I'm not entirely sure this book will be fully appreciated by its target audience of high school age readers. As a (cough) somewhat older reader, I recognized Sutter's character and knew exactly how pathetic he'd be with another 10 or 15 years of "partying" under his belt. While Tharp capably conveys this very point when we meet Sutter's estranged dad in Fort Worth, I'm still not convinced those without the life experience will fully appreciate the utter depth of Sutter's impending decline.

Regardless, this is a real "wow" kind of book. Sutter's voice is so compelling that I felt like I was strapped into some sort of amusement park ride run amok. That's what the narration of his life feels like. You will absolutely root for this terribly flawed but well-intentioned guy, who will disappoint you and surprise you in equal measure. Plus, Sutter's relationship with Aimee is so hopeful and tragic (at the same time!), that it's reason alone to read this outstanding novel.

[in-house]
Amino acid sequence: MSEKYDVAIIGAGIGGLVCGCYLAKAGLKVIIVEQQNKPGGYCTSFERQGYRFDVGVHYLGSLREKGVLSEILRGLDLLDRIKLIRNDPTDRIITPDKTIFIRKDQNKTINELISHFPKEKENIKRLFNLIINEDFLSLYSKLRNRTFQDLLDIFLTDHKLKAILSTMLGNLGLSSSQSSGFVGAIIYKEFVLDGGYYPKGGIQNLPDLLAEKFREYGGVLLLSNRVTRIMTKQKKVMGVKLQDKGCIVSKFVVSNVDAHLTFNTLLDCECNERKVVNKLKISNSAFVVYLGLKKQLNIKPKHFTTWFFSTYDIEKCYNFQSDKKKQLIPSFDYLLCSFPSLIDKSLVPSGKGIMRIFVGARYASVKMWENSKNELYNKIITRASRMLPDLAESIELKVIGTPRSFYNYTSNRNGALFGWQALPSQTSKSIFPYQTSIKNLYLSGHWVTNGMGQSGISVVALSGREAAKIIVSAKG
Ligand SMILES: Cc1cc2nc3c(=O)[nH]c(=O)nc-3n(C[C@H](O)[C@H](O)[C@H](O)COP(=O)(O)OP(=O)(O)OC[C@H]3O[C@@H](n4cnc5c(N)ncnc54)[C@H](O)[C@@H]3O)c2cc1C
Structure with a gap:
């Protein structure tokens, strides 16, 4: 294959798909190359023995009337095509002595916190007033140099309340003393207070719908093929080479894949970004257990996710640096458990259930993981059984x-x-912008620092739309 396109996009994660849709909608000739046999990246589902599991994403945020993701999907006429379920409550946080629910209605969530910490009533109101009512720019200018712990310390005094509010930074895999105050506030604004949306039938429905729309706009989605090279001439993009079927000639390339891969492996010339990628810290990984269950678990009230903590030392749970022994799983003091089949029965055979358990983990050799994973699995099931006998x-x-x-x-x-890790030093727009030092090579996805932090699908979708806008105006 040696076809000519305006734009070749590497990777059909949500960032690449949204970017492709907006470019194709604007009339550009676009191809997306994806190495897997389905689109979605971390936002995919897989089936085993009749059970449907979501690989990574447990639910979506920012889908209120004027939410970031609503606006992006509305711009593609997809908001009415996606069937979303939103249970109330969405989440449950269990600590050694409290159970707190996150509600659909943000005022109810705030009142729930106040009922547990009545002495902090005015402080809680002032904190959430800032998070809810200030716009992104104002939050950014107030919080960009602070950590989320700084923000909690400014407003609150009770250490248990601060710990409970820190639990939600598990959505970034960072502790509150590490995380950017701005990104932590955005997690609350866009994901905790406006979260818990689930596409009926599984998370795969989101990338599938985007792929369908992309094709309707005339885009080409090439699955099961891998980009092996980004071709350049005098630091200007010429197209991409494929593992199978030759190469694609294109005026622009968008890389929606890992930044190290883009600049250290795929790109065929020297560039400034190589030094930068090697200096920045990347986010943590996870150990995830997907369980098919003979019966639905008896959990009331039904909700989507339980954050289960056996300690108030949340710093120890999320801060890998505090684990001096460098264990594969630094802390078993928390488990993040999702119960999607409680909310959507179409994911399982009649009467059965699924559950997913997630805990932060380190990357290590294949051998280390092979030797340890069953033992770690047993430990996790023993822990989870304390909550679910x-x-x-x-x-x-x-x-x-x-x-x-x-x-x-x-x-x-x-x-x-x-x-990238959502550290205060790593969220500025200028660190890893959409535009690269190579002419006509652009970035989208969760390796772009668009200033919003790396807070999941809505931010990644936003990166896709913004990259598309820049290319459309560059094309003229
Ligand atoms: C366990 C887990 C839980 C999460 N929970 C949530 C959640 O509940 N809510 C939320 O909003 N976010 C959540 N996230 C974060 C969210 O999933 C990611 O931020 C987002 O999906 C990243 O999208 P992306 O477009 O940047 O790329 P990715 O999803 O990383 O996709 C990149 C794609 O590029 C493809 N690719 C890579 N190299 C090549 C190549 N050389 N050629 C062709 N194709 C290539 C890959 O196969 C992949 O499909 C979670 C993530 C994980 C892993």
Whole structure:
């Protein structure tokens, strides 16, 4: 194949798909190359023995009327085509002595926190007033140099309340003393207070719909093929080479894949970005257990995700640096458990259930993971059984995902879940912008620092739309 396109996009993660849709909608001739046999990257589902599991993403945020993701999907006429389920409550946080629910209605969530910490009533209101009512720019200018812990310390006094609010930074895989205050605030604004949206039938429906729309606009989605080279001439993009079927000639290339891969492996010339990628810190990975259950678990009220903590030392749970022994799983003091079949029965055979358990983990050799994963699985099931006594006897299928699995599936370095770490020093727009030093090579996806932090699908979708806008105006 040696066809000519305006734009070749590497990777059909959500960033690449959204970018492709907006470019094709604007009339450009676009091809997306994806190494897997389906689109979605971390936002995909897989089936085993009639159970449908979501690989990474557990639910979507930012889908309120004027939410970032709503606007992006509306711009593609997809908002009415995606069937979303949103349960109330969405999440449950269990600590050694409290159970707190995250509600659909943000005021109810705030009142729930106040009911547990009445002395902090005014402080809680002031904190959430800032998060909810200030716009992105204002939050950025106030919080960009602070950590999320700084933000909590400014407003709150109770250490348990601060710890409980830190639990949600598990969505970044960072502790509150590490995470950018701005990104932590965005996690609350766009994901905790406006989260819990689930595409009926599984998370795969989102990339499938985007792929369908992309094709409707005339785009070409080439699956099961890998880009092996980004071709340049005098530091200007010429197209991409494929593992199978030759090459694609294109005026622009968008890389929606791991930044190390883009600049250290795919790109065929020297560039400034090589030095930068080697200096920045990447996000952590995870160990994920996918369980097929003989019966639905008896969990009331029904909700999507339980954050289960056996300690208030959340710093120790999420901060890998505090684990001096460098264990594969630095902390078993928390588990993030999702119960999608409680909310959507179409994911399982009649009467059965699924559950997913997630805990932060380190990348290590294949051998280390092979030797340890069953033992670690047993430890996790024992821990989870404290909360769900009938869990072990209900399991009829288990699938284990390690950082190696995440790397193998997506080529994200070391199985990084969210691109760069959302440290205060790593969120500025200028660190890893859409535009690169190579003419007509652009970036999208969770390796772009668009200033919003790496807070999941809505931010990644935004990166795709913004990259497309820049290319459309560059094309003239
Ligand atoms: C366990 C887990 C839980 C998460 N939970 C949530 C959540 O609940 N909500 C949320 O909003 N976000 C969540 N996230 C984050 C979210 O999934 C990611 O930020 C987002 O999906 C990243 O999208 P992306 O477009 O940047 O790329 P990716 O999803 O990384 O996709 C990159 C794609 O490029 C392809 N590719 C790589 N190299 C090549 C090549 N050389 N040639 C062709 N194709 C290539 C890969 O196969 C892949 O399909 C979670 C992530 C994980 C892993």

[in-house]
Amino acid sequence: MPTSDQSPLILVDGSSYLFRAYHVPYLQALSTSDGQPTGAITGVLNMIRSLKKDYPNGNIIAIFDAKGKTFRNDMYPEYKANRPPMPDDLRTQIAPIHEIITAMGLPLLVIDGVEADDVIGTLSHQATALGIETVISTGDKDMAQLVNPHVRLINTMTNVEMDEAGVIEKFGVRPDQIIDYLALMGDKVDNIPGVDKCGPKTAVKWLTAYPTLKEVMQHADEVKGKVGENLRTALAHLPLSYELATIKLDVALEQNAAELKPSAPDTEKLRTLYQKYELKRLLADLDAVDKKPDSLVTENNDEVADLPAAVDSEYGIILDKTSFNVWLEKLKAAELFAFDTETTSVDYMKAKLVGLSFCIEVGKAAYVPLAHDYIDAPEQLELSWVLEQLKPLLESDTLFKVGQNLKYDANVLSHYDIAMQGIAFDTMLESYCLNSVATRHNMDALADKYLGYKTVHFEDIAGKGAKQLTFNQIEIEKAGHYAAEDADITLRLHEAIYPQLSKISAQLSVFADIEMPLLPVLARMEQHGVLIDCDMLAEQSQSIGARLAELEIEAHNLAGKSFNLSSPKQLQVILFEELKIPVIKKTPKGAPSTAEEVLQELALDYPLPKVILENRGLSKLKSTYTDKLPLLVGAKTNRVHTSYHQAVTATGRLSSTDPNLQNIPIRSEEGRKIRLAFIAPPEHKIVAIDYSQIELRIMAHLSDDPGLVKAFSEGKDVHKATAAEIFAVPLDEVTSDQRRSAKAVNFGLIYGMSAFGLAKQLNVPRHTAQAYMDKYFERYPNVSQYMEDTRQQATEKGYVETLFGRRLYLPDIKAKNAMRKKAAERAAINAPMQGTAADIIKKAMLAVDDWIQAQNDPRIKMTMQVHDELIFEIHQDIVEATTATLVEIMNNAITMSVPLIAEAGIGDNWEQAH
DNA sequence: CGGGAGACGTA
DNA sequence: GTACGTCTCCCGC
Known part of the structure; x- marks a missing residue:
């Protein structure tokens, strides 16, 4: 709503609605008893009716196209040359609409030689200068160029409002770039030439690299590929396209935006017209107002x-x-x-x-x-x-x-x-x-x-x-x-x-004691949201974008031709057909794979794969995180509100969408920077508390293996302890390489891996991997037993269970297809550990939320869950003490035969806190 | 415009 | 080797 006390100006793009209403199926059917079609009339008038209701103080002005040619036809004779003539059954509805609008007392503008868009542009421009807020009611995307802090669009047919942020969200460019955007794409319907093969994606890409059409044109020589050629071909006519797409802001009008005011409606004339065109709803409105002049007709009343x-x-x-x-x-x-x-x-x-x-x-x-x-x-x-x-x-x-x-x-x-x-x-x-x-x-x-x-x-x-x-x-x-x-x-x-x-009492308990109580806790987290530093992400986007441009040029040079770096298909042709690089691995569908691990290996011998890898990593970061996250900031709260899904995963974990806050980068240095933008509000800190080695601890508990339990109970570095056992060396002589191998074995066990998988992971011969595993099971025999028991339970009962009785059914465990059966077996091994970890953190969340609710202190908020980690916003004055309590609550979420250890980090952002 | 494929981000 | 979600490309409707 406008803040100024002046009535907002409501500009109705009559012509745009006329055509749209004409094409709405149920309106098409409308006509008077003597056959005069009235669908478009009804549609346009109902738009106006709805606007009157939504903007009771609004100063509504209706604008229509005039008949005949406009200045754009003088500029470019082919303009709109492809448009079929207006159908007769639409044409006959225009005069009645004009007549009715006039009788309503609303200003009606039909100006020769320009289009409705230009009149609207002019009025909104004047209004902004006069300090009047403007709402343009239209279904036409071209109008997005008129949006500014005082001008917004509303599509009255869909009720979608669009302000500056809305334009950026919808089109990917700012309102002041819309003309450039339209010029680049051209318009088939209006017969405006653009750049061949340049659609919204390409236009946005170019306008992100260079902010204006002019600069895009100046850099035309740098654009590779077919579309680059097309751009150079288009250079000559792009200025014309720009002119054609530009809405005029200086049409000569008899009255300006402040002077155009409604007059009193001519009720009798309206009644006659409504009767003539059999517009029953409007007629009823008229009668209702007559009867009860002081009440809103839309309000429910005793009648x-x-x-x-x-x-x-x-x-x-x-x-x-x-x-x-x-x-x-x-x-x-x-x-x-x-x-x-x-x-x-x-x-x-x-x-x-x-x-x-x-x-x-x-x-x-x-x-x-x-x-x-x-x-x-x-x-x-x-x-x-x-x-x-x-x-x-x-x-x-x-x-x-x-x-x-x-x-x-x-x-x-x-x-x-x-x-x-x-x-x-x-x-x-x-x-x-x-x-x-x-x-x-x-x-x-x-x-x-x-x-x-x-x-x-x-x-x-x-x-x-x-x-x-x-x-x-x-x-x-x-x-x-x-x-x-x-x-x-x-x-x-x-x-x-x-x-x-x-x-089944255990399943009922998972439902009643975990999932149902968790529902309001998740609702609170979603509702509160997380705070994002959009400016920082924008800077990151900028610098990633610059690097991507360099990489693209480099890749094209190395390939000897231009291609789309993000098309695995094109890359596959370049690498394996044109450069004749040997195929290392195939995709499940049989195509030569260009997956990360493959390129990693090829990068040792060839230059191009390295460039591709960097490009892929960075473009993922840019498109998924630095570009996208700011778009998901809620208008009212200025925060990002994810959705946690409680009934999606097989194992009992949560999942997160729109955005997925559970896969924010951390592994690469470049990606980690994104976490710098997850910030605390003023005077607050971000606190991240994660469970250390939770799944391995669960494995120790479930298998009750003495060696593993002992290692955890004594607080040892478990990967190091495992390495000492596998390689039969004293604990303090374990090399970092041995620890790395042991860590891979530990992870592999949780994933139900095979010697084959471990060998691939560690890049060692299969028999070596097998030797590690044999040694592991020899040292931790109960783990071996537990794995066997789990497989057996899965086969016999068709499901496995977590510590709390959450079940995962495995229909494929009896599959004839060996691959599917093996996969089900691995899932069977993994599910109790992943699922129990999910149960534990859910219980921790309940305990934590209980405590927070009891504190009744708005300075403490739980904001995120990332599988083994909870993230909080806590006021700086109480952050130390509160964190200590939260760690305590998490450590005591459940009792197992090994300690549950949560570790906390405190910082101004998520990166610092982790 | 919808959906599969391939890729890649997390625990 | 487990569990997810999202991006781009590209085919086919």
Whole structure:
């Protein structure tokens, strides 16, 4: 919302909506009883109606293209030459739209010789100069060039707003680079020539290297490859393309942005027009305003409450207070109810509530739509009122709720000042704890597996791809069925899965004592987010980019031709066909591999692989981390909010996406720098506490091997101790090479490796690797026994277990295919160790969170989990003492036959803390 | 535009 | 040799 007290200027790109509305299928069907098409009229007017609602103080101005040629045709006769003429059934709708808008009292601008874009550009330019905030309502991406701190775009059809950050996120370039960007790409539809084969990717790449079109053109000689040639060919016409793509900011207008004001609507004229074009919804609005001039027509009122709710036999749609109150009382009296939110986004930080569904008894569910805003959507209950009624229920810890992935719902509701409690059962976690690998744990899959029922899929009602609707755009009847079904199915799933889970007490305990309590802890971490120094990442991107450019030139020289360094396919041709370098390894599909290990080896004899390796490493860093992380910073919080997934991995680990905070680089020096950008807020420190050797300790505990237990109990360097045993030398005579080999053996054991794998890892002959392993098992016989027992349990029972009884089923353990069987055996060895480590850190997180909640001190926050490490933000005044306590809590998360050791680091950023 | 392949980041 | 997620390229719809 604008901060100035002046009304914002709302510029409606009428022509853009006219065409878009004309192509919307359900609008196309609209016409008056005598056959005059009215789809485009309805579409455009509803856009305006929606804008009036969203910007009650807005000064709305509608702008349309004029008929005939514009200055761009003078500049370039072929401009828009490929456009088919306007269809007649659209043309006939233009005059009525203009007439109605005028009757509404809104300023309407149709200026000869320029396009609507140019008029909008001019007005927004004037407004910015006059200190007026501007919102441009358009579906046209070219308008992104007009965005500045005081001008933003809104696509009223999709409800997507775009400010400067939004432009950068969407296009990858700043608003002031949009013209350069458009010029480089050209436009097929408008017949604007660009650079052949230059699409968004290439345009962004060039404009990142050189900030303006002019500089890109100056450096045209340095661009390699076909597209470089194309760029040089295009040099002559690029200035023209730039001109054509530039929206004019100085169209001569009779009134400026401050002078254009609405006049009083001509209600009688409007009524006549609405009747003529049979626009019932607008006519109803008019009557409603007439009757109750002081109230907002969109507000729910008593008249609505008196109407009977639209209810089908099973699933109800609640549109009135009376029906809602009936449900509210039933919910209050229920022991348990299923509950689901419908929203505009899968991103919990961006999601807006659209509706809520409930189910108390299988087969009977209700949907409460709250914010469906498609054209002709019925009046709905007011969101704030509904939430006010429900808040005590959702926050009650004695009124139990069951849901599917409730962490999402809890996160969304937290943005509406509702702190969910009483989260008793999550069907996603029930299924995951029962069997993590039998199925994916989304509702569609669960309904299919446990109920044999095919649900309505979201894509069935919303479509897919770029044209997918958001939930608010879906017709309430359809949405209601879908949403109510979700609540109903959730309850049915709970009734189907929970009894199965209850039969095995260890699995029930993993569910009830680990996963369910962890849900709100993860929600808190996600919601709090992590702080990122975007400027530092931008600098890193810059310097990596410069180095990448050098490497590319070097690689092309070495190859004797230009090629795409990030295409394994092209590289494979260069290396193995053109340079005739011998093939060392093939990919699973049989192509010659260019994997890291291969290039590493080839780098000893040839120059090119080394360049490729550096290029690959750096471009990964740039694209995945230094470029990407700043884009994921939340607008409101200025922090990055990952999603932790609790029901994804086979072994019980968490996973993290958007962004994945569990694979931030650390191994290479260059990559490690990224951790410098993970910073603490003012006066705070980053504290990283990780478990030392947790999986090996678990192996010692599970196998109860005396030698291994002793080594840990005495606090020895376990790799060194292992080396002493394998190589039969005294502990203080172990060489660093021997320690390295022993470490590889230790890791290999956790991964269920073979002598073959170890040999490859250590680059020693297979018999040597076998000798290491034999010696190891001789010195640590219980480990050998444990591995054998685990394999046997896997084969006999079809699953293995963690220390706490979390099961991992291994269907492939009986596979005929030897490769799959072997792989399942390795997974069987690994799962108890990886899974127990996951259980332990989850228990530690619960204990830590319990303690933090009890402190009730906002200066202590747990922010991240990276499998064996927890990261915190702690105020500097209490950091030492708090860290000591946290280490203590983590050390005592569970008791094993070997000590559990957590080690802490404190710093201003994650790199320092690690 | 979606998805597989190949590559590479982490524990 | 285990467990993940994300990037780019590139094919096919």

Please know there are lots of drinking (well, duh!), drug, and sexual references here. Even beyond that, I think the somewhat subtle nature of this story lends itself more to high school age readers. Finally, although my description here might make "The Spectacular Now" seem like a dull "issue" book, nothing could be further from the truth. The great feat of this novel is how it manages to make self destruction seem so incredibly attractive. Truly, although it may sound odd, this is an energetic, almost bouncy story of one boy's slow descent into real despair and heartbreak. It is definitely worth reading.

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Posted by on January 5, 2009 in Uncategorized